Opinion: Pandemic enriches U.S. billionaires
The United States is in its worst economic crisis since the Great Depression of the 1930’s. But the cause of our pitiful situation is not recklessness in the stock market, as was the case nearly a century ago, nor the easy access to credit, as was the case during the first decade of the 21st century. The menace that has disrupted the financial security of so many Americans is an invisible virus that has claimed about 15 million victims in the U.S. and brought about close to 300,000 deaths.
Now, after nine months of the virus running rampant, we still have no national policy to rein in its destructive spread. Its effect on the poor and the working classes has been devastating. After the virus was officially recognized in March, our unemployment rate soared from 3.5 percent in February to 14.7 percent in April. Since then, it has spiraled down to a current 6.7 percent, but it is likely to rise again after temporary workers for the holiday season are laid off and new COVID-19 cases dramatically increase as a result of Christmas and New Year’s celebrations when people will likely relax precautions against infection.
Yet, contrary to historic trends during crises, the stock market is doing well, with the Dow Jones Industrial Average hitting an all-time high above $30,000 this past week. How is that possible? The answer is that most Americans hold no stock or have infinitesimal holdings in the grand scheme of things. The market is really controlled by a relatively small number of fabulously wealthy people.
Since the beginning of the COVID-19 pandemic, the wealth of American billionaires grew by a third. And, while a great many people throughout the rest of the nation suffered from food shortage and fear of eviction, the collective wealth of our billionaires grew by more than a trillion dollars.
There were 614 billionaires in the U.S., and they had a combined wealth of $2.95 trillion in March, 2020. Since March, another 36 people became billionaires, and today’s 650 billionaires have a combined wealth of nearly $4 trillion. Another way of looking at the change is to analyze it in terms of average wealth per billionaire. In March, the average for the 614 billionaires was about $4.8 billion; at the end of November, the average for the 650 billionaires was a little over $6.13 billion.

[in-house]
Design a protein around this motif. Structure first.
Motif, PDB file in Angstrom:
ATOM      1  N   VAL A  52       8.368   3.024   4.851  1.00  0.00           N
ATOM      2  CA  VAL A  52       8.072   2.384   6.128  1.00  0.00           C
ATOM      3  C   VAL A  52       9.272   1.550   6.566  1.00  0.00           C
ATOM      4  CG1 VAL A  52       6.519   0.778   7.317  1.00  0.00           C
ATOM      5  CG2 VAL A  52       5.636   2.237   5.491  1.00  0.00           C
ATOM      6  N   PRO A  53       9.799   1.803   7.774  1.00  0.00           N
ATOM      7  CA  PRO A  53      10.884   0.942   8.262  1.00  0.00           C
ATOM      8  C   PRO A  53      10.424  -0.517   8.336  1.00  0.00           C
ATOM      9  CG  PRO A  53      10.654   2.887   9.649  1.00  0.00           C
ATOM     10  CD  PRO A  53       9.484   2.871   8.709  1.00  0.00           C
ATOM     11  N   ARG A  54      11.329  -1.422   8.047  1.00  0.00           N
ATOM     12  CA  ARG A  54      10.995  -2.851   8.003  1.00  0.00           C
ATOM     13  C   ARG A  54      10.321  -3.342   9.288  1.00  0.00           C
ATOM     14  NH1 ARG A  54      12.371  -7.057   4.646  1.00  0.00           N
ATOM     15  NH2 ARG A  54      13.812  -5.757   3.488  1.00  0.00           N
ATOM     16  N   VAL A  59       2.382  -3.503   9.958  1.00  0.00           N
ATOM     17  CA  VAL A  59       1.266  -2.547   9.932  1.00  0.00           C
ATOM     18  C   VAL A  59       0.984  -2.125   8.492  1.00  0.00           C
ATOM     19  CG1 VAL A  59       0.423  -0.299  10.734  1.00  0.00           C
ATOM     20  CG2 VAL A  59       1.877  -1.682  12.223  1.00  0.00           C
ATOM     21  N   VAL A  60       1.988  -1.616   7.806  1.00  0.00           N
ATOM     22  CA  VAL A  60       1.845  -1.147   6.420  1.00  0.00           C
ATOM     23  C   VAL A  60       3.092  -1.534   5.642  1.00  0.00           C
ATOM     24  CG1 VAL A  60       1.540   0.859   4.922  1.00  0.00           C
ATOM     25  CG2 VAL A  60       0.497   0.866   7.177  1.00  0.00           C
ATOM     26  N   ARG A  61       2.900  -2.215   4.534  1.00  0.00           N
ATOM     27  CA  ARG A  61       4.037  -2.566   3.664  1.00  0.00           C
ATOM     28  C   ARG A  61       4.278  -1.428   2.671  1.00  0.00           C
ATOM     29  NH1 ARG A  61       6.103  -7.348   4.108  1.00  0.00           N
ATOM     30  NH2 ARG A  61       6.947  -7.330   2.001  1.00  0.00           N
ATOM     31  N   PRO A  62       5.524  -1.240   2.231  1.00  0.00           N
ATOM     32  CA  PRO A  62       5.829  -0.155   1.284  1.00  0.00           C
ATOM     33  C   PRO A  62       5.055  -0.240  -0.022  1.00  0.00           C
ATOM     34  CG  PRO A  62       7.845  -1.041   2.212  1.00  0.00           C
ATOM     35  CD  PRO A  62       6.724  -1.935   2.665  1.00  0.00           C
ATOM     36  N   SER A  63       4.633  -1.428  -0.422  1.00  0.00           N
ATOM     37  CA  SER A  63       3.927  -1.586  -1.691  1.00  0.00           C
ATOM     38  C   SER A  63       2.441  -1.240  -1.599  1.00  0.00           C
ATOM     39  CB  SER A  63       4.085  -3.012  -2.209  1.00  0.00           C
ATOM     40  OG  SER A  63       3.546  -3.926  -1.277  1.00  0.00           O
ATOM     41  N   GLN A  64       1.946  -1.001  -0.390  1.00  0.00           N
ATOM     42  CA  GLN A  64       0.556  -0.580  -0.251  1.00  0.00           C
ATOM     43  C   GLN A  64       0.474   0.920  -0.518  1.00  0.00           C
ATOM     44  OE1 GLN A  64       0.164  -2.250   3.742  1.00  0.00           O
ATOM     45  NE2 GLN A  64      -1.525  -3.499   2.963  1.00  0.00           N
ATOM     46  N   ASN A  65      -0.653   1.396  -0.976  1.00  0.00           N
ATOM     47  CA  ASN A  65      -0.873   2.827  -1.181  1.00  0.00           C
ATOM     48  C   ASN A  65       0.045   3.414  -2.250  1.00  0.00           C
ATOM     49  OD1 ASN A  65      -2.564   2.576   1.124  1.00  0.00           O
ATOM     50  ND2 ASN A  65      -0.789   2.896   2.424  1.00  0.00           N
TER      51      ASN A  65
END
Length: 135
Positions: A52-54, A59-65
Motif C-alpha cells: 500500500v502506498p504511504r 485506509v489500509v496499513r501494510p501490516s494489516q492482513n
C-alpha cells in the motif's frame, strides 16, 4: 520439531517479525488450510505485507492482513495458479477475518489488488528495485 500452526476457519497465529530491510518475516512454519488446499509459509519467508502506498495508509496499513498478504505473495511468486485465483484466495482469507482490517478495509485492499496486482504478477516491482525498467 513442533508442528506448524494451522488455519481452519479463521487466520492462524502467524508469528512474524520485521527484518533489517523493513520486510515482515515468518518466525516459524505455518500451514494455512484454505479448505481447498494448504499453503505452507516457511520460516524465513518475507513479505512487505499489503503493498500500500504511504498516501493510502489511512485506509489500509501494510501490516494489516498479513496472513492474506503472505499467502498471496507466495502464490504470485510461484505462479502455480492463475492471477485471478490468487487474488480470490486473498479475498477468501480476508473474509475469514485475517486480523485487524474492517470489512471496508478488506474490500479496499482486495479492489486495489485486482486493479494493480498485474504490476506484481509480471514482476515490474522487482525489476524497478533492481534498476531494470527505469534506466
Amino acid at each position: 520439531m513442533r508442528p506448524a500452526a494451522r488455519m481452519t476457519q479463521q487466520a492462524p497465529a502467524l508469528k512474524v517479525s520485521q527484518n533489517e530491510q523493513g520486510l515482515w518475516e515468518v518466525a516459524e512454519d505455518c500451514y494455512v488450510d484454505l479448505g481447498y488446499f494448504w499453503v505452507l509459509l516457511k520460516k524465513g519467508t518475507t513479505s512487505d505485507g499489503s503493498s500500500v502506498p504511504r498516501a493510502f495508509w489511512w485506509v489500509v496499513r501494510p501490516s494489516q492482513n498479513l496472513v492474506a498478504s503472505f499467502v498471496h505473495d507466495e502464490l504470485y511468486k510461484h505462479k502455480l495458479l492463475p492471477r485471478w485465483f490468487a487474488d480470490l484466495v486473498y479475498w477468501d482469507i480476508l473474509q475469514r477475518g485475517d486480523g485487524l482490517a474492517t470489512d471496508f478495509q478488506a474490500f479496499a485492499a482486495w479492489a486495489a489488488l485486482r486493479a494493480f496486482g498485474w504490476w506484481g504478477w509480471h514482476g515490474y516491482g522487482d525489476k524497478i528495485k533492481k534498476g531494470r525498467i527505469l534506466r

But, averages don’t really tell the whole story. Certain individuals with truly obscene wealth have done much better than other billionaires. For example, before the pandemic started, Jeff Bezos (Amazon.com) was worth about $113 billion. A week ago, his wealth was estimated at $182 billion. This week, the estimate increased to $187 billion. So, in just one week, Bezos added more to his wealth than most of us can fully comprehend.
Try to imagine spending $20 million per year. After several years, you’d have your estates in southern France, Beverly Hills, and the South Pacific, your penthouse in New York City, and your hunting lodge in Idaho. You’d have your luxury cars, memberships in prestigious clubs, and yachts anchored in various harbors around the world. You’d have your Lear jet with pilot, co-pilot, and flight attendant, a staff of servants, wardrobes of designer clothes made specifically for you, and you’d use Patek Philippe watches as stocking stuffers at Christmas.
Now, try to imagine this. If you had the money that Bezos made just last week alone ($5 billion), in order to spend it all at a rate of $20 million per year, it would take 250 years to exhaust your fortune. Of course, that’s assuming that you were keeping your money sewn into mattresses in a few hundred warehouses. Otherwise, the money, itself, creates even greater wealth.
While you or I get a small fraction of one percent interest on our money in a local bank, people with a lot of money invest it. And the simple mathematics of the investment market is this: Money invested at 7 percent interest will double in about 10 years. So, let’s say that, if you’d held $1 billion of that Bezos windfall to buy all of the above-mentioned stuff over the next decade, you’d still have $800 million in your pocket, and you’d have invested the remaining $4 billion. Well, 10 years from now, that investment will have grown, and at the beginning of the eleventh year, it would be $8.419 billion.
So what? After all, Bezos earned that money. But much of the wealth of the nation’s richest people is not earned; it’s inherited. Let’s take a look at the wealth that has been produced by Walmart stores. Walmart, and later Sam’s Club, was founded by Sam Walton, a farm boy who worked his way through college, served in the Army during World War II, and saved $5,000 of his military pay. He used that, along with a $20,000 loan from his father-in-law, to open a small retail store. He built on the success of that first store to create Walmart.
When Sam died in 1992, the fortune that he had amassed was inherited by his children: Rob (technically, Samuel), John, Jim, and Alice. The current wealth of Sam’s kids rivals that of Jeff Bezos. Rob, Jim, and Alice have a combined wealth of $163 billion. John died in a plane crash in 2005, but his wealth passed down to his son Lucas, Sam’s grandson. Lucas Walton is worth $18.4 billion. John‘s widow, Christy, has $8.9 billion, and Sam‘s niece, Ann Walton Kroenke is worth $7.9 billion. None of these members of America’s wealthiest family have done anything to earn their fabulous wealth.
In a sense, our billionaires are treated like Britain’s royal family. They’re parasites, living off the wealth created by the work of others. And, like British subjects, we honor and defend them to the death.
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Jim Glynn is Professor Emeritus of Sociology. He may be contacted at firstname.lastname@example.org.